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J Nutr Health Aging. 2009 Jun;13(6):529-37.

Health and nutritional promotion program for patients with dementia (NutriAlz Study): design and baseline data.

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A. Salva, Institut de l'Envelliment, Universitat Autonoma de Barcelona, St. Antoni M. Claret 171, 08041 Barcelona, Spain.



There is a lack of data on global weight loss prevention programs for patients with dementia or clear evidence about their impact on a functional level, caregiver burden or the use of healthcare and social resources. NutriAlz is a socio-educative and nutritional intervention program to prevent weight loss and loss of function in dementia patients.


A cluster randomized multi-centre study, which will allow the comparison of a group benefiting from the intervention with a control group after a year of monitoring. Patients were recruited from 11 hospitals in the ambulatory diagnostic units and day care centres. The baseline interview include: sociodemographic and socioeconomic variables (age, gender, educational level, marital status); diagnostic, treatments, MMS, a list of comorbid conditions; activities of daily living (ADL, IADL), Zarit Scale, brief-NPI, Cornell scale and nutritional status as measured by the Mini Nutritional Assessment. All participants or their family signed the inform consent form.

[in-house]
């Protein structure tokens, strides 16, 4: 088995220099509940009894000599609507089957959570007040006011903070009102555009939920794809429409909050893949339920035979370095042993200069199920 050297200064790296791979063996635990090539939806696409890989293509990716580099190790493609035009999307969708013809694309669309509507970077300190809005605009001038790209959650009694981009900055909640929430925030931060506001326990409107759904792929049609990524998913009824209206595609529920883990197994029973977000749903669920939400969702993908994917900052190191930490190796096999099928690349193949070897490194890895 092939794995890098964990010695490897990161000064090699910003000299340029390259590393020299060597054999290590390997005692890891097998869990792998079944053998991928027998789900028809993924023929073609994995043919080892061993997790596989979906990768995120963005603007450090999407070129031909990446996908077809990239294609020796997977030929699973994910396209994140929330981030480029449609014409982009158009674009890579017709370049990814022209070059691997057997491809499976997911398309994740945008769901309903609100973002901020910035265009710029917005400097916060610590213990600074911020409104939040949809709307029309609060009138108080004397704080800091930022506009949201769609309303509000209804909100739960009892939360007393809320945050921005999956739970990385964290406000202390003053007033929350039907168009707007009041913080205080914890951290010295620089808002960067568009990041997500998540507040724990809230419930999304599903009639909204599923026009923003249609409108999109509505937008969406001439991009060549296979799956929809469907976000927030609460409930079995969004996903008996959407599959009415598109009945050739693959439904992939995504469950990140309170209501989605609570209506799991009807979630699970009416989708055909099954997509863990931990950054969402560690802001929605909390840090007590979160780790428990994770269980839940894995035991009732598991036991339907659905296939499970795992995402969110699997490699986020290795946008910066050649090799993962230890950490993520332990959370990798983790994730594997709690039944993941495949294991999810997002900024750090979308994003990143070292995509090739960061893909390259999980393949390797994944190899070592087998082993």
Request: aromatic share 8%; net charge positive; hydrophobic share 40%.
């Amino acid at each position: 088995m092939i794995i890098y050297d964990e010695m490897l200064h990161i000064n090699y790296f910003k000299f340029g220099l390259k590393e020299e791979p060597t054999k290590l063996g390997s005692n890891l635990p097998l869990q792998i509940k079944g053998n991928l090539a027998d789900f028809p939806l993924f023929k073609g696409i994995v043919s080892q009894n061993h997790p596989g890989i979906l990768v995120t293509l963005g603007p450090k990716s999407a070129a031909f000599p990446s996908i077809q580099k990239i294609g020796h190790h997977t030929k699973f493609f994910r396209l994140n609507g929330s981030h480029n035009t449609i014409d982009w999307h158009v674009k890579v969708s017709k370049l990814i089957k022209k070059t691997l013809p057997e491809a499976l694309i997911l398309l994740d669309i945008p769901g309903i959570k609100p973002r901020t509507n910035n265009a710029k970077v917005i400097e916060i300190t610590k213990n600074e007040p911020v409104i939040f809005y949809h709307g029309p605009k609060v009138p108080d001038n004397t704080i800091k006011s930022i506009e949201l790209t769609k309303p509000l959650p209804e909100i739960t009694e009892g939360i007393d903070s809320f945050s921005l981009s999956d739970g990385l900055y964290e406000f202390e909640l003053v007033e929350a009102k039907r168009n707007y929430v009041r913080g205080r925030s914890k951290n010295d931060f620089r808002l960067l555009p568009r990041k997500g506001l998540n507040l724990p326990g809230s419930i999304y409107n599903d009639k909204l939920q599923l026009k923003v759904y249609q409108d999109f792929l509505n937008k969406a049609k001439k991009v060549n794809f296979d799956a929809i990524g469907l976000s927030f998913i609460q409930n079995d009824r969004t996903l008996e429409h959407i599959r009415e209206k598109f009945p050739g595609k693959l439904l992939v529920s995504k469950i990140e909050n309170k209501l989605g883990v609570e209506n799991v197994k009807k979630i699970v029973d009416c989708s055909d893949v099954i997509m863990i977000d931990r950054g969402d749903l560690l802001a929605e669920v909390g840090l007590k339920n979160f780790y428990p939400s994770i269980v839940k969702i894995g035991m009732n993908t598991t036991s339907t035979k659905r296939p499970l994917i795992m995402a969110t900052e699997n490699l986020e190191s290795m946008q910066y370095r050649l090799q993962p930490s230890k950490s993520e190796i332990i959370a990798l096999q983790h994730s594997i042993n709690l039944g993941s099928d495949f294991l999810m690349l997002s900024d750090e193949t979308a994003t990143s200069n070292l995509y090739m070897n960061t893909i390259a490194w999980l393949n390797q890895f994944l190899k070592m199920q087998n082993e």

Total of 946 patients were included, with a mean (+/- SD) of 79 +/- 7.3 year of age; 68,1 % were women; 44,9% lives with their partner, only 3% lives alone; 79.8% had Alzheimer's dementia, 5.25 +/- 3.0 years since symptoms of dementia and 2.8 +/- 2.11 years since diagnosis. Mean MMSE score was 15.4 +/- 6.2; mean weight was 64.4 +/- 12.5 kg; mean BMI was 27.0 +/- 4.5 (with 3% below 19, 5% between 19-21, 10% between 21-23, and 82% above 23). Mean ADL without difficulties was 3.2 +/- 2.1; mean IADL without difficulties was 0.7 +/- 1.6; mean number of symptoms in the NPI was 4.4 +/- 2.59, with severity score of 7.9 +/- 5.9 and distress score of 11.3 +/- 9.0; mean Zarit scale was 27.4 +/- 15.5; mean MNA was 23.2 +/- 3.5 with 5 % as malnourished, 32 % at risk of malnutrition, and 63 % with adequate nutritional status.

[Indexed for MEDLINE]

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